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  • feedwordpress 17:07:06 on 2018/08/01 Permalink
    Tags: , , geopolitics, , , , , , , search,   

    Google and China: Flip, Flop, Flap 

    Google’s Beijing offices in 2010, when the company decided to stop censoring its results and exit the market.

    I’ve been covering Google’s rather tortured relationship with China for more than 15 years now. The company’s off again, on again approach to the Internet’s largest “untapped” market has proven vexing, but as today’s Intercept scoop informs us, it looks like Google has yielded to its own growth imperative, and will once again stand up its search services for the Chinese market. To wit:

    GOOGLE IS PLANNING to launch a censored version of its search engine in China that will blacklist websites and search terms about human rights, democracy, religion, and peaceful protest, The Intercept can reveal.

    The project – code-named Dragonfly – has been underway since spring of last year, and accelerated following a December 2017 meeting between Google’s CEO Sundar Pichai and a top Chinese government official, according to internal Google documents and people familiar with the plans.

    If I’m reading story correctly, it looks like Google’s China plans, which were kept secret from nearly all of the company’s employees, were leaked to The Intercept by concerned members of Google’s internal “Dragonfly” team, one of whom was quoted:

    “I’m against large companies and governments collaborating in the oppression of their people, and feel like transparency around what’s being done is in the public interest,” the source said, adding that they feared “what is done in China will become a template for many other nations.”

    This news raises any number of issues – for Google, certainly, but given the US/China trade war, for anyone concerned with the future of free trade and open markets. And it revives an age old question about where the line is between “respecting the rule of law in markets where we operate,” a standard tech company response to doing business on foreign soil, and “enabling authoritarian rule,” which is pretty much what Google will be doing should it actually launch the Dragonfly app.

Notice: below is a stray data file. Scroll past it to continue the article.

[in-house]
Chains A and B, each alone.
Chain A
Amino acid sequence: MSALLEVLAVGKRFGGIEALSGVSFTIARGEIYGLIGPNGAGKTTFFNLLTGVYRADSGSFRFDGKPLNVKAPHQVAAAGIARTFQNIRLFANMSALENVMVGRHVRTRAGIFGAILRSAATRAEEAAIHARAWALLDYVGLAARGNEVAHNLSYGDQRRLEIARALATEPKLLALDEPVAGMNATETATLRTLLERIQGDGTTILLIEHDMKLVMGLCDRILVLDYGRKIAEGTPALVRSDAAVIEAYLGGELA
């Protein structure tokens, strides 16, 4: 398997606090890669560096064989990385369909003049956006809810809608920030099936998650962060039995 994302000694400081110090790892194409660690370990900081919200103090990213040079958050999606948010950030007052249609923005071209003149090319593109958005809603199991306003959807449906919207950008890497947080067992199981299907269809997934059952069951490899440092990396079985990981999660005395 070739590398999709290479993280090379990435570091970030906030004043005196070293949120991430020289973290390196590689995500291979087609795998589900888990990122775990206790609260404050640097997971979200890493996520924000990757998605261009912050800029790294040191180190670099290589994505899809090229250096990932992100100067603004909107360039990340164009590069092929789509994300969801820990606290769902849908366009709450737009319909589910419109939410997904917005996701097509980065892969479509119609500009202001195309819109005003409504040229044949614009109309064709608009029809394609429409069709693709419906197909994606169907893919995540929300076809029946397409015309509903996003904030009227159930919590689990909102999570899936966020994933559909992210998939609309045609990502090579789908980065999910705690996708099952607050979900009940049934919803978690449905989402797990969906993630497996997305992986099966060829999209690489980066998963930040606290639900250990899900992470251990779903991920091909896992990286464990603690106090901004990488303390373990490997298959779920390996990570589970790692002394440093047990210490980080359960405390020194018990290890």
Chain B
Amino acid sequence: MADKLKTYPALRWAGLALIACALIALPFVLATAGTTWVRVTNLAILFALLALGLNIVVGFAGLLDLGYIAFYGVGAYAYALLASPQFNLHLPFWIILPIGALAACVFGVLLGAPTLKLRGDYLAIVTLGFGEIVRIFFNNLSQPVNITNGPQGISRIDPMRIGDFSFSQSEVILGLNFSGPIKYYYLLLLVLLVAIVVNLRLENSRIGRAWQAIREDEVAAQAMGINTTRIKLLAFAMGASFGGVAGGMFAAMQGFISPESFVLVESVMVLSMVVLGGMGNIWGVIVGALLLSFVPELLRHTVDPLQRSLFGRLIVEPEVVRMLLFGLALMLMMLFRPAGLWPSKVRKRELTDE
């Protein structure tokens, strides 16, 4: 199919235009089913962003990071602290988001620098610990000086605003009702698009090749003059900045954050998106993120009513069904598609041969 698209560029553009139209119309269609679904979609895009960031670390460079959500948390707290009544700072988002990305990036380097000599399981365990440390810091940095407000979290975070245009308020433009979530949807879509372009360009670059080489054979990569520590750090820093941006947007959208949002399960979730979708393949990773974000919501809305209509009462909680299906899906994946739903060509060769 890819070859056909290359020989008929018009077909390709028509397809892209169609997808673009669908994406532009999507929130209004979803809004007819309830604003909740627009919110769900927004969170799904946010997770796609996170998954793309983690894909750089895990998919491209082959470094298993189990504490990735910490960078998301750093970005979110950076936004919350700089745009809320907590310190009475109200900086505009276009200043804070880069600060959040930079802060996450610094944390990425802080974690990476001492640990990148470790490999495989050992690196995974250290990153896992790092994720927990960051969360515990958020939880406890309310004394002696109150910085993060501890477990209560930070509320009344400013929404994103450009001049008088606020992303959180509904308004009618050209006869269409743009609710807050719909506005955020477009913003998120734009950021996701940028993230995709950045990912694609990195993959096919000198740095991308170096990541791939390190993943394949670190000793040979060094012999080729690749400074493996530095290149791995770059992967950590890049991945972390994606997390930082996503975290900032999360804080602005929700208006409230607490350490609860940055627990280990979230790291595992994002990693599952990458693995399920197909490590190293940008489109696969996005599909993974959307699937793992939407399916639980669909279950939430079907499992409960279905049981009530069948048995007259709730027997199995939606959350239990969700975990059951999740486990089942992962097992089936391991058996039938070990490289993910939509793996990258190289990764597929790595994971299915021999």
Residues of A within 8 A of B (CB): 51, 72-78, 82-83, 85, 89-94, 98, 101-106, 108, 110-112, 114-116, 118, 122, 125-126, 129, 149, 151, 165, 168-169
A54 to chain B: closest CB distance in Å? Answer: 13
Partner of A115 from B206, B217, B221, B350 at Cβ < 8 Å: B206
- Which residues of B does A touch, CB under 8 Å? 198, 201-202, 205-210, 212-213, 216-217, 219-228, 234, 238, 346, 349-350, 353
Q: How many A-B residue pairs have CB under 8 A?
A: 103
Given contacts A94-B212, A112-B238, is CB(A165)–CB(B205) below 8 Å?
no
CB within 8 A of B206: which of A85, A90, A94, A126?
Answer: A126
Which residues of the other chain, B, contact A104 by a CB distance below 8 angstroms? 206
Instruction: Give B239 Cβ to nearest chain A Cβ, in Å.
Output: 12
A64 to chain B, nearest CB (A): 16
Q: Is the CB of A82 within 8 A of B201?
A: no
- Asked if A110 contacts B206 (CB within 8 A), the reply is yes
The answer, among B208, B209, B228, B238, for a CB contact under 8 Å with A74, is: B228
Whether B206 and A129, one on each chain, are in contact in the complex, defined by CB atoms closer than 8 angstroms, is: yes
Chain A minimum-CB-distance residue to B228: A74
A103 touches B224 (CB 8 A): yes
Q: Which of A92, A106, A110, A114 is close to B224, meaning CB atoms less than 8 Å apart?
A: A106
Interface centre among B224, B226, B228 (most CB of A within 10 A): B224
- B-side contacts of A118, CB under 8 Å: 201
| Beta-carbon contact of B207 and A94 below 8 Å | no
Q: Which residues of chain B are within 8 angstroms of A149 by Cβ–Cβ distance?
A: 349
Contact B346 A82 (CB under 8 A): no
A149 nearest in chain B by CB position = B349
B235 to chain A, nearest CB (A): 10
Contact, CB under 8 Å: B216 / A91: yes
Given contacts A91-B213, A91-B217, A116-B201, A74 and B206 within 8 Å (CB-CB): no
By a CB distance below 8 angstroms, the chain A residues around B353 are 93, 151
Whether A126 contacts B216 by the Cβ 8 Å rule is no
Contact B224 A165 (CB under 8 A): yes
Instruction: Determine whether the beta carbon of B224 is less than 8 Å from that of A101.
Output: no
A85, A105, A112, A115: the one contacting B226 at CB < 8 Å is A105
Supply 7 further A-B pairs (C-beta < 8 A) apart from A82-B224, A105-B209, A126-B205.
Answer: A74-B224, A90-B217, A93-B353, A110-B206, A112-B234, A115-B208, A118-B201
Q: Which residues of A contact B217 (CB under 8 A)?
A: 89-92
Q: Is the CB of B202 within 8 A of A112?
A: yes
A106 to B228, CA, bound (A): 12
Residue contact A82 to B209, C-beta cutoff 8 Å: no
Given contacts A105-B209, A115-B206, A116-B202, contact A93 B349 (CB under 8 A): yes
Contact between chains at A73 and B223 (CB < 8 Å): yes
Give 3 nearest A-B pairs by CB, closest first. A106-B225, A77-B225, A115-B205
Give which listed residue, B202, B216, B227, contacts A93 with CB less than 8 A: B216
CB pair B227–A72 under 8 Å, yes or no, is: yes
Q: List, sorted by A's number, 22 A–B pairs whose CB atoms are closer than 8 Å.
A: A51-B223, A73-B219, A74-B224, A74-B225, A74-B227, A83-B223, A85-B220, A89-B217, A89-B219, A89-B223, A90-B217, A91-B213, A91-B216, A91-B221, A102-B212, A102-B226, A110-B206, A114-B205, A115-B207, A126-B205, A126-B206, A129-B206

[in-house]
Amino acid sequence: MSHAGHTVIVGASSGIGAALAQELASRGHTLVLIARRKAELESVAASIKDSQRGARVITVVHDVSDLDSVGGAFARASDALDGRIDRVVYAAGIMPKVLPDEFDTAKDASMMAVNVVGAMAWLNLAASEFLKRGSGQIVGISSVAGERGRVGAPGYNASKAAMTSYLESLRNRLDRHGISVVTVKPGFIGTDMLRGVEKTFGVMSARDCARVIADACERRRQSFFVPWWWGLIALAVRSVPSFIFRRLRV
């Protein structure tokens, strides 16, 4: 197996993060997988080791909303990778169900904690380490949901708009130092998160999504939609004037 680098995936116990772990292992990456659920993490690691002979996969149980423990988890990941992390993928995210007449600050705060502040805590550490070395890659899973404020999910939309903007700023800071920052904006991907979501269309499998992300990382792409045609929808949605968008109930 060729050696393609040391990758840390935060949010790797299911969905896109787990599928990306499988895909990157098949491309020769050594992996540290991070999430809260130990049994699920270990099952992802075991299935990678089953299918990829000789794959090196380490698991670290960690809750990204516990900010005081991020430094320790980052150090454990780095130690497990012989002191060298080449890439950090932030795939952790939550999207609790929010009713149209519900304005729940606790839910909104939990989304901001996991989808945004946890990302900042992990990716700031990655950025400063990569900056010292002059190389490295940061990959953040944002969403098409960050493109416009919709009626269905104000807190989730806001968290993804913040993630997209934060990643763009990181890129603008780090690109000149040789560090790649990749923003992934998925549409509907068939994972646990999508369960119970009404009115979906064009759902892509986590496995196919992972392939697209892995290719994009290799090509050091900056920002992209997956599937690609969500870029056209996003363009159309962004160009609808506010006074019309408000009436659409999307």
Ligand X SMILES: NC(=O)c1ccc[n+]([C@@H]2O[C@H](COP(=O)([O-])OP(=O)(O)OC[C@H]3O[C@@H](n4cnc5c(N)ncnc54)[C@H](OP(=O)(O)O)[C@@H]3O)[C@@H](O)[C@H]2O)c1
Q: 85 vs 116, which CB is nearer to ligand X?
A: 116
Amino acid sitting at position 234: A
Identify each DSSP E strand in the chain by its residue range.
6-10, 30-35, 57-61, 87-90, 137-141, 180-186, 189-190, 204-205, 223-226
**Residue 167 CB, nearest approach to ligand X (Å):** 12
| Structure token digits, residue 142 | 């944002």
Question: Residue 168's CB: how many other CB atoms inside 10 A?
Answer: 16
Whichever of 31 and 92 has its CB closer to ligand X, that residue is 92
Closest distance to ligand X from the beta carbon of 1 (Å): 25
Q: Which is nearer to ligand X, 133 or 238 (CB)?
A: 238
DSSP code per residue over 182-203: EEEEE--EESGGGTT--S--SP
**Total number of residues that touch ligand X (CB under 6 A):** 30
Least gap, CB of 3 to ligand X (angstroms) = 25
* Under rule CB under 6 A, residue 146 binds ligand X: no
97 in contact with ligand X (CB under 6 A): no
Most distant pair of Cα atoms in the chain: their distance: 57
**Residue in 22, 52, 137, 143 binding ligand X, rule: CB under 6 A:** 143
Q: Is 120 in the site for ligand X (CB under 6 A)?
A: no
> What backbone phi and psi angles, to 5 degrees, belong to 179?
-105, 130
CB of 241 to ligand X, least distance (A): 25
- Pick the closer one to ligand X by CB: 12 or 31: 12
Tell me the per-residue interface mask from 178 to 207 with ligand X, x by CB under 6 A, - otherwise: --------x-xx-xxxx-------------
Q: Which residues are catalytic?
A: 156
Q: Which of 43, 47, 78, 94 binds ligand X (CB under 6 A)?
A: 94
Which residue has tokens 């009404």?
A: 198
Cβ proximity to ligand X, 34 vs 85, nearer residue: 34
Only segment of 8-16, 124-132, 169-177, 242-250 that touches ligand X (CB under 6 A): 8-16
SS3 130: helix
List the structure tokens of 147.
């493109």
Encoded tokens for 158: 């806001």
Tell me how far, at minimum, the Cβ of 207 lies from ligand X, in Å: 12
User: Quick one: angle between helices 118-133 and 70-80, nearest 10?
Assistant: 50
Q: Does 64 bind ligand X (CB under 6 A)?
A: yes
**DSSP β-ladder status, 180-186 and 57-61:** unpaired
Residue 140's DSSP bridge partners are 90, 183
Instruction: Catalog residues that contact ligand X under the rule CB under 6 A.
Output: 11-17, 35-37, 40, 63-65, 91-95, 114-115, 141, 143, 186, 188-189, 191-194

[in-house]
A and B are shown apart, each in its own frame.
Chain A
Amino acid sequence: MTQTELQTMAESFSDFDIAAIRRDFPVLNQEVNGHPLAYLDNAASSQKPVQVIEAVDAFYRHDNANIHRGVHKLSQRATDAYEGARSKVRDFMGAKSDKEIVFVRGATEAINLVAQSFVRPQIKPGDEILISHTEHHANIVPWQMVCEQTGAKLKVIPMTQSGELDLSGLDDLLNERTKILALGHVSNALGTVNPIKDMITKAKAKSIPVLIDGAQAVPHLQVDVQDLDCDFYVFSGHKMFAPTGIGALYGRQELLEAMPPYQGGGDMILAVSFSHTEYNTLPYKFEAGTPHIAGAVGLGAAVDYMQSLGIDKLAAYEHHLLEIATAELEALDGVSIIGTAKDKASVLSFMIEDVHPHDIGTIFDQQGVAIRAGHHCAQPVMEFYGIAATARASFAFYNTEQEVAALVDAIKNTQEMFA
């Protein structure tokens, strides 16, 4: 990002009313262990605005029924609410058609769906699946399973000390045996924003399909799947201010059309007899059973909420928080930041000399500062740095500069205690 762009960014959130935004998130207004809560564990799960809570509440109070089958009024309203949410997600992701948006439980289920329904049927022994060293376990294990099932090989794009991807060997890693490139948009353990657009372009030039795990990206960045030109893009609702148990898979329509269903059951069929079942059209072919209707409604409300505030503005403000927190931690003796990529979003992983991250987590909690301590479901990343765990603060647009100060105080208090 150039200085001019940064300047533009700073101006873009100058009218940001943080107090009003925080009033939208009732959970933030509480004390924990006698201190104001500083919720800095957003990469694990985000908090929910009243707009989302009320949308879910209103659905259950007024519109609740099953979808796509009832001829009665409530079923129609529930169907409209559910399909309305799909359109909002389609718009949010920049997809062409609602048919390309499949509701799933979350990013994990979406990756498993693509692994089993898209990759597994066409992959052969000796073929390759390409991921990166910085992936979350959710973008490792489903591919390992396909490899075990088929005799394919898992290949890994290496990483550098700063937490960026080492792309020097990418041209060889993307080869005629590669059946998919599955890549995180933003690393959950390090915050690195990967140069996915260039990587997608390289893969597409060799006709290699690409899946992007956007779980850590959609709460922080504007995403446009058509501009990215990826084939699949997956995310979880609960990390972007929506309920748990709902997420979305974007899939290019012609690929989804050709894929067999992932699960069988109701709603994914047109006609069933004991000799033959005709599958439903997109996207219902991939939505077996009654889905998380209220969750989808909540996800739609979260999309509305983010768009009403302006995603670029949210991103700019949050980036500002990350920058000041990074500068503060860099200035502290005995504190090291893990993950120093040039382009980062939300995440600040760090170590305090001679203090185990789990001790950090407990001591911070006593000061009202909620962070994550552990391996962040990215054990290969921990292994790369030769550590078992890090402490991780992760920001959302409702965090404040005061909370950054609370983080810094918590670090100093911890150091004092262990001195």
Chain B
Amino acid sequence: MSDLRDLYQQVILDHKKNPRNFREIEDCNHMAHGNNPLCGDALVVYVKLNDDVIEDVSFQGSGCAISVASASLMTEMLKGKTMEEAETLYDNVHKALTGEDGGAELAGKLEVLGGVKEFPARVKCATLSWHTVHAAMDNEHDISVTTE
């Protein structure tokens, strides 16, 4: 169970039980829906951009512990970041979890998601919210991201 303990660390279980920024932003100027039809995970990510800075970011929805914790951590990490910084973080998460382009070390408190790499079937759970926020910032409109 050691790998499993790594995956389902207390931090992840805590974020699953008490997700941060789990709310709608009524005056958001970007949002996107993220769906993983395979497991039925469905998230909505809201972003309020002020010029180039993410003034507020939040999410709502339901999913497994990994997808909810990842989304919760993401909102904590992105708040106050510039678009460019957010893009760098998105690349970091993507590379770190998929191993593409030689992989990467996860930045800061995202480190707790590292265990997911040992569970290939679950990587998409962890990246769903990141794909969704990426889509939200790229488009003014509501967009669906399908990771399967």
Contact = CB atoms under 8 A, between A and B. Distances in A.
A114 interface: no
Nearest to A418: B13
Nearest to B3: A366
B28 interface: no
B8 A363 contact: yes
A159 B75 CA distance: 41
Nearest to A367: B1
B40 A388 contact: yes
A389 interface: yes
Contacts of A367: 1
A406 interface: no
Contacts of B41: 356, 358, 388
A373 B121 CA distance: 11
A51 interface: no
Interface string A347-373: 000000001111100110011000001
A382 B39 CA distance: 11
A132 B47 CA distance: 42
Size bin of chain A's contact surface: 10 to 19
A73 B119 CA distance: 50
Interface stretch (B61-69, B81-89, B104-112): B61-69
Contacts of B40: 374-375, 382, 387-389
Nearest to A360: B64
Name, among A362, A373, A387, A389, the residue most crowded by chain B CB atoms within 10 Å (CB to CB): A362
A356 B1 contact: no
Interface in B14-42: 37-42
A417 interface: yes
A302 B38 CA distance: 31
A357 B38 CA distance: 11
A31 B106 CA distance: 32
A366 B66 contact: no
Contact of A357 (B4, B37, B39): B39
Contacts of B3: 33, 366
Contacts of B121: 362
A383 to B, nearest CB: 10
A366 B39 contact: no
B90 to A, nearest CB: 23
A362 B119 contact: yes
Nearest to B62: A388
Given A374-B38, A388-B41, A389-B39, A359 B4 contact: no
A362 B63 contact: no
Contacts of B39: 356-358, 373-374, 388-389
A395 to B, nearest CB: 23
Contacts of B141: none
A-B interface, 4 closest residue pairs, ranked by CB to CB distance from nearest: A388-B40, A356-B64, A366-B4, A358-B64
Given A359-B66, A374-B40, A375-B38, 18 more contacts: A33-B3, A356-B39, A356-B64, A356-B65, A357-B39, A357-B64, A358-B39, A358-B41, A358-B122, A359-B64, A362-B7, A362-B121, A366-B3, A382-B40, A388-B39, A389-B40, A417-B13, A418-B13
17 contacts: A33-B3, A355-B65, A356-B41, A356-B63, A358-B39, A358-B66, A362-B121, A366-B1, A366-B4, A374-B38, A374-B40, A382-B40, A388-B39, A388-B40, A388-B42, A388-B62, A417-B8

A bit of history. Google originally refused to play by China’s rules, and in my 2004 book, I reviewed the history, and gave the company props for taking a principled stand, and forsaking what could have been massive profits in the name of human rights. Then, in 2006, Google decided to enter the Chinese market, on government terms. Google took pains to explain its logic:

    We ultimately reached our decision by asking ourselves which course would most effectively further Google’s mission to organize the world’s information and make it universally useful and accessible. Or, put simply: how can we provide the greatest access to information to the greatest number of people?

    I didn’t buy that explanation then, and I don’t buy it now. Google is going into China for one reason, and one reason alone: Profits. As Google rolled out its service in 2006, I penned something of a rant, titled “Never Poke A Dragon While It’s Eating.” In it I wrote:

    The Chinese own a shitload of our debt, and are consuming a shitload of the world’s export base of oil. As they consolidate their power, do you really believe they’re also planning parades for us? I’m pretty sure they’ll be celebrating decades of US policy that looked the other way while the oligarchy used our technology (and that includes our routers, databases, and consulting services) to meticulously undermine the very values which allowed us to create companies like Google in the first place. But those are not the kind of celebrations I’m guessing we’d be invited to.

    So as I puzzle through this issue, understanding how in practical terms it’s really not sensible to expect that some GYMA pact is going to change the world (as much as I might wish it would), it really, honestly, comes down to one thing: The man in the White House.

    Until the person leading this country values human rights over appeasement, and decides to lead on this issue, we’re never going to make any progress. 

    Google pulled out of China in 2010, using a China-backed hacking incident as its main rationale (remember that?!).  The man in the White House was – well let’s just say he wasn’t Bush, nor Clinton, and he wasn’t Trump. In any case, the hacking incident inconveniently reminded Google that the Chinese government has no qualms about using data derived from Google services to target its own citizens.

    Has the company forgotten that fact? One wonders. Back in 2010, I praised the company for standing up to China: